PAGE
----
Protective clothing is very important for printmakers who engage in etching and lithography (closed toed shoes and long pants). In the past, many printmakers did not live far past 35 to 40 years of age because of their exposure to various acids, solvents, particles, and vapors inherent in the printmaking process.
Whereas in the past printmakers put their plates in and out of acid baths with their bare hands, today printmakers use rubber gloves. They also wear industrial respirators for protection from caustic vapors. Most acid baths are built with ventilation hoods above them.
Often, an emergency cold shower or eye wash station is nearby in case of acid spillages, as well as soda ash—which neutralizes most acids. Some printmakers wear goggles when dealing with acid.
Protective respirators and masks should have particle filters, particularly for aquatinting. As a part of the aquatinting process, a printmaker is often exposed to rosin powder. Rosin is a serious health hazard, especially to printmakers who, in the past, simply used to hold their breath using an aquatinting booth.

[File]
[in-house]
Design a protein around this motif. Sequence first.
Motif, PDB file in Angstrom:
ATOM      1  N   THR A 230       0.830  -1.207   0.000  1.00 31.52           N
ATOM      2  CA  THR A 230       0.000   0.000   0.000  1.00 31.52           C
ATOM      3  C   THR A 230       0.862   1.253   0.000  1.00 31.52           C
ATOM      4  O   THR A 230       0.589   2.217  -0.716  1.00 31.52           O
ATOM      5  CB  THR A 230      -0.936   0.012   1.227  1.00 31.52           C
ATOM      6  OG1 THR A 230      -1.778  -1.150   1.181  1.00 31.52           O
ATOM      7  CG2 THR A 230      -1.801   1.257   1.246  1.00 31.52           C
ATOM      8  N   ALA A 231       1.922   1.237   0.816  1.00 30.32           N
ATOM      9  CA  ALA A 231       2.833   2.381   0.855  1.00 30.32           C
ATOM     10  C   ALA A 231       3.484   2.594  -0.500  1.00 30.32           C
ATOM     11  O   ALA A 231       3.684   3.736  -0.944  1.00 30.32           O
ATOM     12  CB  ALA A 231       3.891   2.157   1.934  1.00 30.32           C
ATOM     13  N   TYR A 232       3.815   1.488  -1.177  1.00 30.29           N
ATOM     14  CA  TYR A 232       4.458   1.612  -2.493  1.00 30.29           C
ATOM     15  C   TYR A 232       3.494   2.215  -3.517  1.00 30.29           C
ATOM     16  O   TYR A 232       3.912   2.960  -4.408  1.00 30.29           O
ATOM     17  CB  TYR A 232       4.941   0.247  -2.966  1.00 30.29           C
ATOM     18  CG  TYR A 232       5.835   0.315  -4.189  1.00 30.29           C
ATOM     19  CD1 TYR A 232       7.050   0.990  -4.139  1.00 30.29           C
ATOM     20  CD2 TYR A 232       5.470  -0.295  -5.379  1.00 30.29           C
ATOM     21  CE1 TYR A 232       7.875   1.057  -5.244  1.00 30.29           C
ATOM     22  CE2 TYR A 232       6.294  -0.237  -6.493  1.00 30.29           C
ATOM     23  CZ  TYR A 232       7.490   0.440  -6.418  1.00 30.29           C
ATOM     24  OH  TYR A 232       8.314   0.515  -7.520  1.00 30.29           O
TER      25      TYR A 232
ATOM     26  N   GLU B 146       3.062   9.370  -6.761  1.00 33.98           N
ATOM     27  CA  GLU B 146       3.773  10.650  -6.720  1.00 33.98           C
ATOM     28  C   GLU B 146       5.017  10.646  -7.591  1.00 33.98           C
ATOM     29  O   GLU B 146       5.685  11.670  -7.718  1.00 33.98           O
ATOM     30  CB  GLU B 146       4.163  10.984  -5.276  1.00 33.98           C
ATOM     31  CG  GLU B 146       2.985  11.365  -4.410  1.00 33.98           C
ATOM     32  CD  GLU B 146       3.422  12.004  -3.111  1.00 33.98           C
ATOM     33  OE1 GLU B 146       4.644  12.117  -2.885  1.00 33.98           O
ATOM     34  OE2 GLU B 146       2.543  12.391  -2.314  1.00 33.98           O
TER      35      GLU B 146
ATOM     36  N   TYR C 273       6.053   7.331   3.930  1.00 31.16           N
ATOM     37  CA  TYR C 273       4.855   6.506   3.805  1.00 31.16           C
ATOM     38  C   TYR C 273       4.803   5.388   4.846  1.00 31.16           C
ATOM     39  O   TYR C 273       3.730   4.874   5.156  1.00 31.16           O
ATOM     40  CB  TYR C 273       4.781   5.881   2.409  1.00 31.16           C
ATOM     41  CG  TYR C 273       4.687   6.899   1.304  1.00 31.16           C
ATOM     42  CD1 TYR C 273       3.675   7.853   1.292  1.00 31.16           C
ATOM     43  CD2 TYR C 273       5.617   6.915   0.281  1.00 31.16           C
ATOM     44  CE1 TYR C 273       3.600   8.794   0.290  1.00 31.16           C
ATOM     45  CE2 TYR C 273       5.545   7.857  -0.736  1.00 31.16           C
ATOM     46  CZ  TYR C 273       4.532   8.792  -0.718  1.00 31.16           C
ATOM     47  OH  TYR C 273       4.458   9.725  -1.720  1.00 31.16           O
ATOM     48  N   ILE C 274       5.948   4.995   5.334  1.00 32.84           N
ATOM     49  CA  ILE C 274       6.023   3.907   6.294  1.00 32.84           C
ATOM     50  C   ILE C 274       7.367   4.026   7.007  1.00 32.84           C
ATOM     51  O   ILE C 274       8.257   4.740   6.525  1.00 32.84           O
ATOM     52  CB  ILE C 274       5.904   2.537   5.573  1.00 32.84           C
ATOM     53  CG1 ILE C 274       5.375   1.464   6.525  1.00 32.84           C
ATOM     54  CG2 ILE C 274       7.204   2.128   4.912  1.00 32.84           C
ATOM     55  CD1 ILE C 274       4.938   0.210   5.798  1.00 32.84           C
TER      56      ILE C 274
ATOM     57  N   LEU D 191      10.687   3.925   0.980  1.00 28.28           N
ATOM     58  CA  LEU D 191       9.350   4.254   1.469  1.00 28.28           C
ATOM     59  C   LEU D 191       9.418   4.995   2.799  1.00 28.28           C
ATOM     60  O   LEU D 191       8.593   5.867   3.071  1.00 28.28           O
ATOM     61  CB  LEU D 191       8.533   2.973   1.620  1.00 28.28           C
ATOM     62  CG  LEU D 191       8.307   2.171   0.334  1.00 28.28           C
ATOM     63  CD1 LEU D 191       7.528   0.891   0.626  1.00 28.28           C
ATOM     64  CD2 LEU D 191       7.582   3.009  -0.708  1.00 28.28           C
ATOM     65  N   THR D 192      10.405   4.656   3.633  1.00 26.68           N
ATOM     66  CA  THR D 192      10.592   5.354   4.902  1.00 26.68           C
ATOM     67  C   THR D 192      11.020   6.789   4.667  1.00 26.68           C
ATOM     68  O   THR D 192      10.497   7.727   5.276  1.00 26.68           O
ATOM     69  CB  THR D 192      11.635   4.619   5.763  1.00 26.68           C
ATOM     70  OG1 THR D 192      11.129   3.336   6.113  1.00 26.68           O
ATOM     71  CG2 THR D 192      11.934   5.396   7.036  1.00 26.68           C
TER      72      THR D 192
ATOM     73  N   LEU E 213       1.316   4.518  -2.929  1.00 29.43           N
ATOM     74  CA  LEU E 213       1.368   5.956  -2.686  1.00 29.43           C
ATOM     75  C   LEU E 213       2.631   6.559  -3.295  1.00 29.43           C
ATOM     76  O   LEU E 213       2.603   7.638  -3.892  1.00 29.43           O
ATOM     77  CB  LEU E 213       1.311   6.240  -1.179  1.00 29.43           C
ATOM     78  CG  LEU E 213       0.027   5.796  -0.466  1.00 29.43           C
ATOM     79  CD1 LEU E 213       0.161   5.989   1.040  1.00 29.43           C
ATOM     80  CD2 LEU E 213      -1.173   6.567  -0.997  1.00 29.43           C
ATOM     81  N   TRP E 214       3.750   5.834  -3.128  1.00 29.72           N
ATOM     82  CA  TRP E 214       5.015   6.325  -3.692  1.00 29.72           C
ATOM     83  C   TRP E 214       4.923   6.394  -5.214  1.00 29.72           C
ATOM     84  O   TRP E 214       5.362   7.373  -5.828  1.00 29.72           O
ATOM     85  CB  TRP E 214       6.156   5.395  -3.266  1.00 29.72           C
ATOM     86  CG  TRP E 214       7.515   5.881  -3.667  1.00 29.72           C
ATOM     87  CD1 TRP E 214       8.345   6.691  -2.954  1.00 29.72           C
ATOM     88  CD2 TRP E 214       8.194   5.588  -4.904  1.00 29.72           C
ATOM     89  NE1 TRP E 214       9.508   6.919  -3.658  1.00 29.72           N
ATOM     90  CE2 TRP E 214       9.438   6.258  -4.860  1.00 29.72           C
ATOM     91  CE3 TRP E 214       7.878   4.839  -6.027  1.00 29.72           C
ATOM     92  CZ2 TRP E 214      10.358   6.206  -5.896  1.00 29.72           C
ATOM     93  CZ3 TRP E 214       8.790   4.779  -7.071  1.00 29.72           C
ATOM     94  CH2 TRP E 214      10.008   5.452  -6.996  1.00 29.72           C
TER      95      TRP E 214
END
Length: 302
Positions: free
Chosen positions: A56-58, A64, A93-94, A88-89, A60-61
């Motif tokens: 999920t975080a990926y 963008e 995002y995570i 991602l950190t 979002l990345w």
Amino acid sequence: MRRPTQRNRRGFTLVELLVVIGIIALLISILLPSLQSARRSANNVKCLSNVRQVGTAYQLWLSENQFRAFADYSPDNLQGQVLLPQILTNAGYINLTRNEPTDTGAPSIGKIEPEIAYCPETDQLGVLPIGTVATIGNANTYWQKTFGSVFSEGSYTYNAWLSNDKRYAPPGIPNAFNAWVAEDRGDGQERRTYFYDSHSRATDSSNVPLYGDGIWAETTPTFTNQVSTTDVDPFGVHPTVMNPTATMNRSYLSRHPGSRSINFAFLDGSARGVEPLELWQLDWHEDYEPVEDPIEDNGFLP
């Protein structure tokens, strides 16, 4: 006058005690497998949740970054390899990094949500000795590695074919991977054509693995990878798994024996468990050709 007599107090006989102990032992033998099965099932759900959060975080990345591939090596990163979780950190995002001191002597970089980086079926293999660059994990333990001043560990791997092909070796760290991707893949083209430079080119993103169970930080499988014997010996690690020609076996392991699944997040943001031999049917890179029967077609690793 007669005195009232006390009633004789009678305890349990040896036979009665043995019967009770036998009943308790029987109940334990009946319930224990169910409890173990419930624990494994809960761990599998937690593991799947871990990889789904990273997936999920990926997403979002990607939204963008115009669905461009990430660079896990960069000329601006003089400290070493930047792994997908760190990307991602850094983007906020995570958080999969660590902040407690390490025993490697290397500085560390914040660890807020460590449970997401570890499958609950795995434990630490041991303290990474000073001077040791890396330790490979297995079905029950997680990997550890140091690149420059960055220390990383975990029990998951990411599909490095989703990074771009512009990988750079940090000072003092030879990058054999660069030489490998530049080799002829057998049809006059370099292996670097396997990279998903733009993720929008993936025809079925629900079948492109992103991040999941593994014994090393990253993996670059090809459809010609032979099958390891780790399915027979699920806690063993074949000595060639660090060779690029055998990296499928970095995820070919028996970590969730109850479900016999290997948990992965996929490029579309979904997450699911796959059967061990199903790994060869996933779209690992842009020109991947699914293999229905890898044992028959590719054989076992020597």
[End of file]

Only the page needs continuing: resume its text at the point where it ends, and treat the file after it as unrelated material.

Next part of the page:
Barrier cream is often used upon a printmaker’s hands both when putting them inside the protective gloves and if using their hands to wipe plates (wipe ink into the grooves of the plate and remove excess).
Sterile plasters and bandages should always be available to treat cuts and scrapes. For example, zinc plates can be extremely sharp when their edges are not beveled.